COVID-19 Coronavirus and Impact on Nursing Homes, Long-Term Care Facilities and Senior Centers

Updated 6/19/2020 8:30 a.m.

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The Vermont Long-Term Care Ombudsman Project promotes the rights of people getting long-term care services. If you have questions or concerns, contact us. Long-Term Care Ombudsmen are working and available by phone during the COVID-19 crisis. Call us at 1-800-889-2047 or fill out our online form.

Due to the COVID-19 coronavirus, the State of Vermont has placed prohibitions and restrictions on visiting nursing homes, residential care homes and assisted living residences. This is because older people are more likely to get seriously ill from the virus.  

Here’s a summary of the restrictions and prohibitions placed on visiting nursing homes, residential care homes and assisted living residences. 

New: Outdoor Visitation

  1. Do the current prohibitions on indoor visits to long-term care (LTC) facilities — which took effect with the governor’s executive order on March 21, 2020 — remain in effect?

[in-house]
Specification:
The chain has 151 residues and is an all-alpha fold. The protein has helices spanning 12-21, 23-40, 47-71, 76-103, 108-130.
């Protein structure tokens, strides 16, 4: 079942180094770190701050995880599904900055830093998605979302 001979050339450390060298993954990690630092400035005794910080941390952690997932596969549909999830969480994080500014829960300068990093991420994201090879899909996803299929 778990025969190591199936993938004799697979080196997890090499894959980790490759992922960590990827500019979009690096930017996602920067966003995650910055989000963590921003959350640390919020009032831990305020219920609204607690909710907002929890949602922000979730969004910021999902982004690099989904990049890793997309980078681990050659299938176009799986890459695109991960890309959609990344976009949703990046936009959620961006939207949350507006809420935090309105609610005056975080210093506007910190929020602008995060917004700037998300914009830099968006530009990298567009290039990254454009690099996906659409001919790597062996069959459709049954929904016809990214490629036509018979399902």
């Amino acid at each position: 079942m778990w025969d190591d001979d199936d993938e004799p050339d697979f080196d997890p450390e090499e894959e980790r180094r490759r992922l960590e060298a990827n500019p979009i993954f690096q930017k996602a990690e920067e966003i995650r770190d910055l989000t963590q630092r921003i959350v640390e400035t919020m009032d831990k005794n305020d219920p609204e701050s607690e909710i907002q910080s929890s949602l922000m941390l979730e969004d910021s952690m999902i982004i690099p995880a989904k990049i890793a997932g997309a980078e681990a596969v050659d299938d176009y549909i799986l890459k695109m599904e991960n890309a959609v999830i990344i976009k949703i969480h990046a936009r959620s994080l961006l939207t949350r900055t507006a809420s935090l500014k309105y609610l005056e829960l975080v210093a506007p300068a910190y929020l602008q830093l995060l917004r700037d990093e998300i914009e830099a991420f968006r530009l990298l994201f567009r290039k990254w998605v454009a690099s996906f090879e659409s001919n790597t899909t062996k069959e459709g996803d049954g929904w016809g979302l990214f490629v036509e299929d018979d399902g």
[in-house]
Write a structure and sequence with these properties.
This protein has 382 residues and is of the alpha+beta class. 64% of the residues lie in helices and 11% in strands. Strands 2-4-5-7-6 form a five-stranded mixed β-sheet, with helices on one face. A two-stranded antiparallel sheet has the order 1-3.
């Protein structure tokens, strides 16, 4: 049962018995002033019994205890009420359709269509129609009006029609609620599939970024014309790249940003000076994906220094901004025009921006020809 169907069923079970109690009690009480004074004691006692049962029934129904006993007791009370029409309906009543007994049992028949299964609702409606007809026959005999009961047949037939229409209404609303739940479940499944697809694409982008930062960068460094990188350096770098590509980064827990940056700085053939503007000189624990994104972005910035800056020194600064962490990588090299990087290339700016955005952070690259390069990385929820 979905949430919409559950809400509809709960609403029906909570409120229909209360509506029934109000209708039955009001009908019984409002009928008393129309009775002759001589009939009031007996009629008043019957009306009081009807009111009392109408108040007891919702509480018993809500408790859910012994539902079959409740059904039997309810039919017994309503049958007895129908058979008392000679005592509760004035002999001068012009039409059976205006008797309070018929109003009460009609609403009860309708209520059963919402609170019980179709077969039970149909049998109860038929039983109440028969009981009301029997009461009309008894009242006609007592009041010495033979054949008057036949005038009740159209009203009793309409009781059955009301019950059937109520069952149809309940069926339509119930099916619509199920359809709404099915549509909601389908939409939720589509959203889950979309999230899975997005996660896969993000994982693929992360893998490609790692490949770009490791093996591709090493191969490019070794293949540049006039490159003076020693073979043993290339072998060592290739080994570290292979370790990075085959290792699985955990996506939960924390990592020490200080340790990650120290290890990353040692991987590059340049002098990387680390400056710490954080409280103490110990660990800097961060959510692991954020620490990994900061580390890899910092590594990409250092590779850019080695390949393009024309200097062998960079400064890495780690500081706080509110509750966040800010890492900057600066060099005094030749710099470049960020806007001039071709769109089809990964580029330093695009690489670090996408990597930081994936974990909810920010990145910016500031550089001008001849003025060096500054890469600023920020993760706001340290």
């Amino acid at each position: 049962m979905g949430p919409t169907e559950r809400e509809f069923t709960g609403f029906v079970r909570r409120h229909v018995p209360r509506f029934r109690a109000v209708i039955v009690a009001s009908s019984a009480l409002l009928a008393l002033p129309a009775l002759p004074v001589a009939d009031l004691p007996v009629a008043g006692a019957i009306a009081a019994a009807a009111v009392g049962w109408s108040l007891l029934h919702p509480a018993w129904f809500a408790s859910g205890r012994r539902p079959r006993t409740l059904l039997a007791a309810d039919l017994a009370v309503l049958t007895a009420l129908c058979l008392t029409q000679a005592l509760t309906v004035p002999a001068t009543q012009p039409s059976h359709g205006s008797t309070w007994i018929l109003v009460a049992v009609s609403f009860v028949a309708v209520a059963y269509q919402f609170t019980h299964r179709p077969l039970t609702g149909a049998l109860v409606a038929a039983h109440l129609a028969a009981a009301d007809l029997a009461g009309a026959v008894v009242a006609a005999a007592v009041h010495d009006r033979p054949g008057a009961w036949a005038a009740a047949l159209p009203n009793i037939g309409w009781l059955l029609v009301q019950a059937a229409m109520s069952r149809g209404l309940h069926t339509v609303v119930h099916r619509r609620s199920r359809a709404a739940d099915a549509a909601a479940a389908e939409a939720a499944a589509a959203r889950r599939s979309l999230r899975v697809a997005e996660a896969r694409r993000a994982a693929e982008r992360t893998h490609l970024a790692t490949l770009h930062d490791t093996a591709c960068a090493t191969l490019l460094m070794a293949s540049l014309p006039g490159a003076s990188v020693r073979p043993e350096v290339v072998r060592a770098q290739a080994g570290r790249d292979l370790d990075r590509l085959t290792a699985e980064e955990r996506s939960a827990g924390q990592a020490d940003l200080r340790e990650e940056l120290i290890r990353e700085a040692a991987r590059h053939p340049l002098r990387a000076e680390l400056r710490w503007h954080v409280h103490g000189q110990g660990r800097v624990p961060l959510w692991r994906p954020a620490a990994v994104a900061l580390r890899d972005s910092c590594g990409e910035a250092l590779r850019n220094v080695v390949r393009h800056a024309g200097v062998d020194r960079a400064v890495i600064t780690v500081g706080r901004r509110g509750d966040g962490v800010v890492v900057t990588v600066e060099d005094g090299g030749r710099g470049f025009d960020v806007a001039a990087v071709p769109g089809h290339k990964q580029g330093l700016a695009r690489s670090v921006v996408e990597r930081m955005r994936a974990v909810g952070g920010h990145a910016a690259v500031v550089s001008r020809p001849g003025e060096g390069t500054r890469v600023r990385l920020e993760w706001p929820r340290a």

Yes. The prohibitions on indoor visits to LTC facilities (nursing homes, residential care homes and assisted living) remain in effect. 

See our section about indoor visitation (including exceptions to the prohibition) below. Read the governor’s executive order concerning indoor visitation

  1. What should I know about how visitation at LTC facilities has changed with Governor Scott’s announcement on June 17, 2020?  

LTC facilities (nursing homes, residential care homes and assisted living) can now offer outdoor visitation.  

  1. Does a LTC facility have to offer outdoor visitation? 

No. Each LTC facility can decide whether or not to allow outdoor visitation.  

  1. If a LTC facility decides to offer outdoor visitation, what must it do to help protect residents and visitors from COVID-19 (as well as to help prevent further spread of the virus)?  

Every LTC facility that chooses to allow for outdoor visitation must: 

  • Develop facility specific polices about outdoor visitation.  

  • Ensure that outdoor visitation polices are followed.  

  • Include minimum guidelines for outdoor visitation.

  • Note: A facility’s policies for outdoor visitation may be stricter than the minimum guidelines. 

  • Suspend visits if a visitor is unable or unwilling to follow a facility’s policies for outdoor visitation.